New Jersey Nets v New York Knicks

Walt Frazier says Knicks need ‘Melo to play like LeBron

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The Knicks are going to be one of the more interesting stories in the NBA this season, and not just because they are in New York.

As our own Matt Moore previewed, they have talent and they are going to be good, but the question remains about how well all the puzzle pieces fit together. Specifically, can Carmelo Anthony and Amare Stoudemire learn to play well together (throw Tyson Chandler in there, too, with those three on the floor the Knicks offense was terrible last year, around 95 points per 100 possessions).

Knicks legend and television color commentator Walt Frazier (who watched sightseeing Gray Line New York’s Ride of Fame unveil a signature double-decker tour bus featuring a custom Frazier decal on the front) spoke to the New York Times and sad that the Knicks and Mike Woodson need to figure out this puzzle fast (hat tip to SLAM).

“I think their window is a two-year window right now,” he said of the Knicks’ chances at a championship. “They have to capitalize right away…

“They better forget last year and do whatever it takes,” Frazier said of Anthony and Stoudemire. “They have to look at Miami and what LeBron James was able to do, Carmelo especially because James became the consummate player — defense, passing and whatever else it took for that team to get a championship.”

I’m not sure that works, only because Anthony and LeBron are different kinds of players with different games. Anthony is a pure scorer, one who can do some other things but that is not what he does best. To ask him to play more like James is to take him away from his strengths and push him toward his weaknesses.

To me, they need to continue to use ‘Melo as a key offensive focal point, but he (and Mike Woodson) need to allow the offense to diversify more. For example, in the Mike D’Antoni era Raymond Felton and Stoudemire had some good pick-and-roll chemistry, run that play. If it works, run it a lot. Maybe it marginalizes Anthony for a night, but he needs to accept that in the name of winning.

Which is more thinking like LeBron — he put up monster, MVP numbers last year but did it in the flow of what the Heat were trying to do on offense. Carmelo needs to do that — not play like LeBron, but think like him.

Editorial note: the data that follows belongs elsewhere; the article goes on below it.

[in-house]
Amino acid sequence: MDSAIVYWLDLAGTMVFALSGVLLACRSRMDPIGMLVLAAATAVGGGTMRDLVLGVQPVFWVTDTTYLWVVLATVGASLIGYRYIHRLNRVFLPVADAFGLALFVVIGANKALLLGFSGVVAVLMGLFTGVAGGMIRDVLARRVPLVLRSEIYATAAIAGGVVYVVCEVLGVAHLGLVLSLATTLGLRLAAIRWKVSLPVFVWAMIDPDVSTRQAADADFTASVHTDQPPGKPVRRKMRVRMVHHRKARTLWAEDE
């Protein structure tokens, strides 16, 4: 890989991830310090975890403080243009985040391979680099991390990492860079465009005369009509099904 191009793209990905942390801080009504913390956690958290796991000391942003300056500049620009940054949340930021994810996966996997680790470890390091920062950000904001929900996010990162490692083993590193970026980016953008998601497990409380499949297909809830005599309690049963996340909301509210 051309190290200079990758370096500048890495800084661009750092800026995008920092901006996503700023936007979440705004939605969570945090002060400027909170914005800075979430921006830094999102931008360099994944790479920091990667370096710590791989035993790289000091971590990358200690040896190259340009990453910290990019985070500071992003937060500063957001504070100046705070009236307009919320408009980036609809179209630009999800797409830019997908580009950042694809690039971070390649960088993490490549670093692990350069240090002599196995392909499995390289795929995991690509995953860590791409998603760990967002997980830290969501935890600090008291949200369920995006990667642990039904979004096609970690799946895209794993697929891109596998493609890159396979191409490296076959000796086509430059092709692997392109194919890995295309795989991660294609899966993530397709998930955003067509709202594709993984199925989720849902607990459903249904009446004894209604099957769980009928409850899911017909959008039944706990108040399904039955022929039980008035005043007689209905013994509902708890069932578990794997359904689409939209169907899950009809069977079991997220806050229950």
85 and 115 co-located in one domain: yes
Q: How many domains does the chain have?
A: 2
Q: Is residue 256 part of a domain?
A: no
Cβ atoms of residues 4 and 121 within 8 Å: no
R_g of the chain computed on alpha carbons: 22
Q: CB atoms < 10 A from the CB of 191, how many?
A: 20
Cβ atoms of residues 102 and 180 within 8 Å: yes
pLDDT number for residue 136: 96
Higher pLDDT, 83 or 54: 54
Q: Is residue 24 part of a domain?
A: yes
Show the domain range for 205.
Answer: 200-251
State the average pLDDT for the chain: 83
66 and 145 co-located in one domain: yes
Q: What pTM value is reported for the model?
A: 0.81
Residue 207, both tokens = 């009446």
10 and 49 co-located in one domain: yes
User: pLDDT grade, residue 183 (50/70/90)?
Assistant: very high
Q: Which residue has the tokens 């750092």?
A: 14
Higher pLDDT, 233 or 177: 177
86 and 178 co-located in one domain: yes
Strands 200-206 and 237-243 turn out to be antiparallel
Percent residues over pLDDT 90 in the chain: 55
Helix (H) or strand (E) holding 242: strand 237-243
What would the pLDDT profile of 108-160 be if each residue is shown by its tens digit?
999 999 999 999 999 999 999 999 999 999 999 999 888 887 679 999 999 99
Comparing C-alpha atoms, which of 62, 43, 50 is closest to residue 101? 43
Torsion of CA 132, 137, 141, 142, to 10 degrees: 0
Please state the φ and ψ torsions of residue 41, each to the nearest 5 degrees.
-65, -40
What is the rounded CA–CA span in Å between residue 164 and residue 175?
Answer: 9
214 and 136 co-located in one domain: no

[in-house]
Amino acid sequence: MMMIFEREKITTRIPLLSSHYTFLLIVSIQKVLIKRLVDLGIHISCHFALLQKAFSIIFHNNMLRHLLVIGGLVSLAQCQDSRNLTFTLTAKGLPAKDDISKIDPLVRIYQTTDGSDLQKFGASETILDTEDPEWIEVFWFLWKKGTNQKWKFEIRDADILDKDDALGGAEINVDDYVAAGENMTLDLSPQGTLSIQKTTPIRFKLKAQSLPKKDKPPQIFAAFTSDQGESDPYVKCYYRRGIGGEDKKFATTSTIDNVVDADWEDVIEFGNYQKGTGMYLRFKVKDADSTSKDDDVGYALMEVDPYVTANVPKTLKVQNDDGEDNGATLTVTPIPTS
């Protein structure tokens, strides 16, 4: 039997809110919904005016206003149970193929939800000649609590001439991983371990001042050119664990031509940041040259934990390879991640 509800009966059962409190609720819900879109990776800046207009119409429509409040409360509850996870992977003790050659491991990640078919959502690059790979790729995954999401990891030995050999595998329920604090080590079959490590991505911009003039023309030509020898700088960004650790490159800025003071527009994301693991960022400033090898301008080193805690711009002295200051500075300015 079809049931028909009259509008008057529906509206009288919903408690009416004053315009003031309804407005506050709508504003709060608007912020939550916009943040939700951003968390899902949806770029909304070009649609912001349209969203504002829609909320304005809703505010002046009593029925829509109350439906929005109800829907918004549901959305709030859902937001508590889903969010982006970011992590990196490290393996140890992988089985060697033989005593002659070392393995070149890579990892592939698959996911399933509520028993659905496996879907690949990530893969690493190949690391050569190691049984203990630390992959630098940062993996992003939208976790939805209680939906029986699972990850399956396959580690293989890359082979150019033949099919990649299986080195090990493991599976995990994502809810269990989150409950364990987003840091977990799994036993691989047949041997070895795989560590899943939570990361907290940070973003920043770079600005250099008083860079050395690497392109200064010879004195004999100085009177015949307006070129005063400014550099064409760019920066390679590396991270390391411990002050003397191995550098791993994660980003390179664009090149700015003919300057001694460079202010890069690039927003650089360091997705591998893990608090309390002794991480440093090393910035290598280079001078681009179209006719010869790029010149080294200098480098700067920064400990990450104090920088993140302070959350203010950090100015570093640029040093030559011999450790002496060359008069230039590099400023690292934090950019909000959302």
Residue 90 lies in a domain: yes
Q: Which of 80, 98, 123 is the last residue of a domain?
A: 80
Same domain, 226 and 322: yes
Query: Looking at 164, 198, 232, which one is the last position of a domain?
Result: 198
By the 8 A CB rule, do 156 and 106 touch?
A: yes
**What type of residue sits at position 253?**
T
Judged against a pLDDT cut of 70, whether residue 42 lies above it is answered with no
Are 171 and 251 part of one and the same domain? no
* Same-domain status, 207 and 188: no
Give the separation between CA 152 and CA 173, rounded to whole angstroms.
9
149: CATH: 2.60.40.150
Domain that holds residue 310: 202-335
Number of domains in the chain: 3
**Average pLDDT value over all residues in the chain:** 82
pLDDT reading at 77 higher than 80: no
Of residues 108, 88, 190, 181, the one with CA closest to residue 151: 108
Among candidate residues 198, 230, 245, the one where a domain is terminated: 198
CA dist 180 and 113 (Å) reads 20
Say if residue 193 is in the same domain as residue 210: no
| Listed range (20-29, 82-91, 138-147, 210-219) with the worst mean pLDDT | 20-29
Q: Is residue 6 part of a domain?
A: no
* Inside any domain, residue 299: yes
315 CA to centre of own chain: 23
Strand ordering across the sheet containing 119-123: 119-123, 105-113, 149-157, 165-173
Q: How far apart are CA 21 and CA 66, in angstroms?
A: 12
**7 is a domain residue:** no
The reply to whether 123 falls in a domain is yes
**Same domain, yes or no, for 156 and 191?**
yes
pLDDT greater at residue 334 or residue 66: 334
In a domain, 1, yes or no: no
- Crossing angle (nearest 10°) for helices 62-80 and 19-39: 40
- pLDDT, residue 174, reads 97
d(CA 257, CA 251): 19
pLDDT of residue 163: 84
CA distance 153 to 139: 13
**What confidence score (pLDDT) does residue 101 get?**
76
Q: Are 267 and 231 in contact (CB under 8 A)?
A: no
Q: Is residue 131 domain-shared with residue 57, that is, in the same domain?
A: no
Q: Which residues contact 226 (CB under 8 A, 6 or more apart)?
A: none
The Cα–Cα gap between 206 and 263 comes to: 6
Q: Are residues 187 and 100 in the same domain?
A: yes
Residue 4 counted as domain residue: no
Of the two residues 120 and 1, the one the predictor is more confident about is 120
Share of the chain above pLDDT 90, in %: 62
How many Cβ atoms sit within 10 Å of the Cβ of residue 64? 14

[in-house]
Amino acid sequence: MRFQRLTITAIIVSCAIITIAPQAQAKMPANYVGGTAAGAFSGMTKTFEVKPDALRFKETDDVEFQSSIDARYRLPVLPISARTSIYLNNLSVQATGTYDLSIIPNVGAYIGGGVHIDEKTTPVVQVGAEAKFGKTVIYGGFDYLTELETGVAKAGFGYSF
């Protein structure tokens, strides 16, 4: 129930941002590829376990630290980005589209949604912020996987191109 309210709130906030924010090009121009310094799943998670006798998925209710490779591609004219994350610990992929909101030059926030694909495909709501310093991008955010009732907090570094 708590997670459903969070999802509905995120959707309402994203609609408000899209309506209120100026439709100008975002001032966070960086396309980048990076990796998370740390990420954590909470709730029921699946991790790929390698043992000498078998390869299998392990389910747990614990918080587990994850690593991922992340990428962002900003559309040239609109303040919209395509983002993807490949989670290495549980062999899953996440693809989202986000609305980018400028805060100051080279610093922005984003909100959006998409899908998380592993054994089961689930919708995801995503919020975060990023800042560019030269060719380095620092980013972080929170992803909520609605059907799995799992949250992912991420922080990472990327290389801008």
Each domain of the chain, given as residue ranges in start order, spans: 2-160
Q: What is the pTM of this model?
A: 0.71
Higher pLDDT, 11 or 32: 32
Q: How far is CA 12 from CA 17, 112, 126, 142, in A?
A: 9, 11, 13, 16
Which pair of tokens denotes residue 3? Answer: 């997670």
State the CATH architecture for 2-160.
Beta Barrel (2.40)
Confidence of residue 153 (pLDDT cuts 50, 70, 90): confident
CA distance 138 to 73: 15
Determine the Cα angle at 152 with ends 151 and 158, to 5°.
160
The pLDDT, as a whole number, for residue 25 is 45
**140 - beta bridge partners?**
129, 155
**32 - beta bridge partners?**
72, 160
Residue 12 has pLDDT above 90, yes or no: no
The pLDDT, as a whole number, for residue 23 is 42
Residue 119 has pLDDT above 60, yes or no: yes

We’ll see. It’s going to be an interesting season in New York.

GM David Griffin: Cavaliers have made J.R. Smith ‘incredibly competitive and aggressive offer’

CLEVELAND, OH - JUNE 22:  J.R. Smith #5 of the Cleveland Cavaliers acknowledges the crowd during the Cleveland Cavaliers 2016 NBA Championship victory parade and rally on June 22, 2016 in Cleveland, Ohio.  (Photo by Mike Lawrie/Getty Images)
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We’ve now reached the “negotiate through the media” stage of J.R. Smith‘s free agency.

Everyone expects Smith to re-sign with the Cavaliers, but training camp opened without a deal. Reportedly, discussions are somewhere between $10 million and $15 million annually with contract length a roadblock.

Cavs general manager David Griffin, via Chris Fedor of Cleveland.com:

“As we have stated and coach has previously stated, we think very highly of J.R. and we love him as a member of our team, as a member of our locker room,” General Manager David Griffin said. “He was essential to our success and for that reason we have made an incredibly competitive and aggressive offer in re-signing him.”

I bet Smith’s agent, Rich Paul, would say his contract demands are perfectly reasonable, too.

The Cavaliers want to maximize chemistry as the they defend their title, and that means getting Smith signed as quickly as possible. But they also want to avoid paying Smith a large salary – and taking a big luxury-tax hit – as he declines into his 30s.

Something will eventually give, but first, Griffin is telling the world ending the stalemate is in Smith’s court – though not revealing the exact offer(s) to be judged publicly. We’ll see how Smith and Paul respond.

Report: Derrick Rose more concerned about rape allegation than he’s publicly revealing

FILE - In this June 24, 2016, file photo, New York Knicks' Derrick Rose speaks during a news conference at Madison Square Garden in New York. Phil Jackson made a risky move when he traded for the injury-prone Rose in June, and now the Knicks face the possibility of their point guard's involvement in a rape trial in California during his first preseason with the team.  (AP Photo/Mary Altaffer, File)
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Phil Jackson said the Knicks aren’t concerned about the civil and potentially criminal rape allegations Derrick Rose is facing. Rose doesn’t sound concerned, either.

But is Rose just putting on a front?

Chris Mannix of Yahoo Sports:

For now, the Knicks wait – and hope. Hope that the civil suit is resolved quickly. Hope that Rose – who has been troubled by the uncertainty of his legal entanglements more than he is letting on, sources familiar with Rose told The Vertical – is able to block out the distractions and build on the progress he made last season.